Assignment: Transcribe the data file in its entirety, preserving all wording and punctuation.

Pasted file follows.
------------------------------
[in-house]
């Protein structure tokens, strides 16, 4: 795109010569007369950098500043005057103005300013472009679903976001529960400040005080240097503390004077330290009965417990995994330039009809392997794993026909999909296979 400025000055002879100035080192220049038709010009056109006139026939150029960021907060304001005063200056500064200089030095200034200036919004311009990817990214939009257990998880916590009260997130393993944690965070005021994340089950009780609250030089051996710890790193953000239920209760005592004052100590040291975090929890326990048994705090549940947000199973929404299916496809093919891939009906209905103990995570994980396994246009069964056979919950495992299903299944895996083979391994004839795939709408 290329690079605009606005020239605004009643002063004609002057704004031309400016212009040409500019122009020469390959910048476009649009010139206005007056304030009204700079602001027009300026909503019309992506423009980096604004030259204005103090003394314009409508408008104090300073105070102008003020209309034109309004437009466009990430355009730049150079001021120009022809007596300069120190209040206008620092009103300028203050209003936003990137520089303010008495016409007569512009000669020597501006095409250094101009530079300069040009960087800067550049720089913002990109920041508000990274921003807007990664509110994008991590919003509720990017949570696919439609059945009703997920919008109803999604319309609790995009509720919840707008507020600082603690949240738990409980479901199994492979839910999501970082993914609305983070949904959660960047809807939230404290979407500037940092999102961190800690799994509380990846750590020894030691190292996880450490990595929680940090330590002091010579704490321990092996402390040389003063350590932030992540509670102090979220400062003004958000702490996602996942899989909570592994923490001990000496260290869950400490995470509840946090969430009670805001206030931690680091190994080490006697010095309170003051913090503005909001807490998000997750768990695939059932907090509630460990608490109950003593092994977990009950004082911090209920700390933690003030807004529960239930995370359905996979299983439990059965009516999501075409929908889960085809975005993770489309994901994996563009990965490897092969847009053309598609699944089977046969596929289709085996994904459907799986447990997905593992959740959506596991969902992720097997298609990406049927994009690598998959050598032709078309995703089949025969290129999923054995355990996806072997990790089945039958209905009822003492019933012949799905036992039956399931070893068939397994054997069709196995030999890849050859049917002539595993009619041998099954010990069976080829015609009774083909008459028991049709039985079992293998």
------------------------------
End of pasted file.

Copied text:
[in-house]
């Protein structure tokens, strides 16, 4: 795109010569007369950098500043005057103005300013472009679903976001529960400040005080240097503390004077330290009965417990995994330039009809392997794993026909999909296979 400025000055002879100035080192220049038709010009056109006139026939150029960021907060304001005063200056500064200089030095200034200036919004311009990817990214939009257990998880916590009260997130393993944690965070005021994340089950009780609250030089051996710890790193953000239920209760005592004052100590040291975090929890326990048994705090549940947000199973929404299916496809093919891939009906209905103990995570994980396994246009069964056979919950495992299903299944895996083979391994004839795939709408 290329690079605009606005020239605004009643002063004609002057704004031309400016212009040409500019122009020469390959910048476009649009010139206005007056304030009204700079602001027009300026909503019309992506423009980096604004030259204005103090003394314009409508408008104090300073105070102008003020209309034109309004437009466009990430355009730049150079001021120009022809007596300069120190209040206008620092009103300028203050209003936003990137520089303010008495016409007569512009000669020597501006095409250094101009530079300069040009960087800067550049720089913002990109920041508000990274921003807007990664509110994008991590919003509720990017949570696919439609059945009703997920919008109803999604319309609790995009509720919840707008507020600082603690949240738990409980479901199994492979839910999501970082993914609305983070949904959660960047809807939230404290979407500037940092999102961190800690799994509380990846750590020894030691190292996880450490990595929680940090330590002091010579704490321990092996402390040389003063350590932030992540509670102090979220400062003004958000702490996602996942899989909570592994923490001990000496260290869950400490995470509840946090969430009670805001206030931690680091190994080490006697010095309170003051913090503005909001807490998000997750768990695939059932907090509630460990608490109950003593092994977990009950004082911090209920700390933690003030807004529960239930995370359905996979299983439990059965009516999501075409929908889960085809975005993770489309994901994996563009990965490897092969847009053309598609699944089977046969596929289709085996994904459907799986447990997905593992959740959506596991969902992720097997298609990406049927994009690598998959050598032709078309995703089949025969290129999923054995355990996806072997990790089945039958209905009822003492019933012949799905036992039956399931070893068939397994054997069709196995030999890849050859049917002539595993009619041998099954010990069976080829015609009774083909008459028991049709039985079992293998």